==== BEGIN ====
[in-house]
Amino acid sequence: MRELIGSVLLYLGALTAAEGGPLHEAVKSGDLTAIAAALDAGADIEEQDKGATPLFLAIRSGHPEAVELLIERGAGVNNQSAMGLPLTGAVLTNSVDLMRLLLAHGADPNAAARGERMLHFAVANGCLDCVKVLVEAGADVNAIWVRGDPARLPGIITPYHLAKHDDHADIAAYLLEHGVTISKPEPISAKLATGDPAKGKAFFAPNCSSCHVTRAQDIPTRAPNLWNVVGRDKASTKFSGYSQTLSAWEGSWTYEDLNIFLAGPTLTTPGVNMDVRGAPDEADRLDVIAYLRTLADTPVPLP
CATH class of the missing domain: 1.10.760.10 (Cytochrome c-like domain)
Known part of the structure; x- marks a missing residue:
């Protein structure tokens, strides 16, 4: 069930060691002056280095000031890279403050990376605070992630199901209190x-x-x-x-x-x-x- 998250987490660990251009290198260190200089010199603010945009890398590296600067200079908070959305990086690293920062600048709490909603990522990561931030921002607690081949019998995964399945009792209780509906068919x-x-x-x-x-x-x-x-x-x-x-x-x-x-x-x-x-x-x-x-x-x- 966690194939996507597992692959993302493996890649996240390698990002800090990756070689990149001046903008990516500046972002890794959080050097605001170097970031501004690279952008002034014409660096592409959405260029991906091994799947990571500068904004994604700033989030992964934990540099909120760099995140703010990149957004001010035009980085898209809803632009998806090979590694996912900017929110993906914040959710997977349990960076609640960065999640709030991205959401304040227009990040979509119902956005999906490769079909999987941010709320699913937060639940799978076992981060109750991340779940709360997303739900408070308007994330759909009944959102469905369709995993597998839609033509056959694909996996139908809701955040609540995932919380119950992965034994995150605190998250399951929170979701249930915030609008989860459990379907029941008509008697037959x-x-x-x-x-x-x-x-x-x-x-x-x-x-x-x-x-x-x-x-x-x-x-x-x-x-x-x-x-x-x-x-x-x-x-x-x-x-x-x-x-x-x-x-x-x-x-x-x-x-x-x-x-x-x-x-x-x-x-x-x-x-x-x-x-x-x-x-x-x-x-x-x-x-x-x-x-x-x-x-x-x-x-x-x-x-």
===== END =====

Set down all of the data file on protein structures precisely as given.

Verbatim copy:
[in-house]
Amino acid sequence: MRELIGSVLLYLGALTAAEGGPLHEAVKSGDLTAIAAALDAGADIEEQDKGATPLFLAIRSGHPEAVELLIERGAGVNNQSAMGLPLTGAVLTNSVDLMRLLLAHGADPNAAARGERMLHFAVANGCLDCVKVLVEAGADVNAIWVRGDPARLPGIITPYHLAKHDDHADIAAYLLEHGVTISKPEPISAKLATGDPAKGKAFFAPNCSSCHVTRAQDIPTRAPNLWNVVGRDKASTKFSGYSQTLSAWEGSWTYEDLNIFLAGPTLTTPGVNMDVRGAPDEADRLDVIAYLRTLADTPVPLP
CATH class of the missing domain: 1.10.760.10 (Cytochrome c-like domain)
Known part of the structure; x- marks a missing residue:
């Protein structure tokens, strides 16, 4: 069930060691002056280095000031890279403050990376605070992630199901209190x-x-x-x-x-x-x- 998250987490660990251009290198260190200089010199603010945009890398590296600067200079908070959305990086690293920062600048709490909603990522990561931030921002607690081949019998995964399945009792209780509906068919x-x-x-x-x-x-x-x-x-x-x-x-x-x-x-x-x-x-x-x-x-x- 966690194939996507597992692959993302493996890649996240390698990002800090990756070689990149001046903008990516500046972002890794959080050097605001170097970031501004690279952008002034014409660096592409959405260029991906091994799947990571500068904004994604700033989030992964934990540099909120760099995140703010990149957004001010035009980085898209809803632009998806090979590694996912900017929110993906914040959710997977349990960076609640960065999640709030991205959401304040227009990040979509119902956005999906490769079909999987941010709320699913937060639940799978076992981060109750991340779940709360997303739900408070308007994330759909009944959102469905369709995993597998839609033509056959694909996996139908809701955040609540995932919380119950992965034994995150605190998250399951929170979701249930915030609008989860459990379907029941008509008697037959x-x-x-x-x-x-x-x-x-x-x-x-x-x-x-x-x-x-x-x-x-x-x-x-x-x-x-x-x-x-x-x-x-x-x-x-x-x-x-x-x-x-x-x-x-x-x-x-x-x-x-x-x-x-x-x-x-x-x-x-x-x-x-x-x-x-x-x-x-x-x-x-x-x-x-x-x-x-x-x-x-x-x-x-x-x-």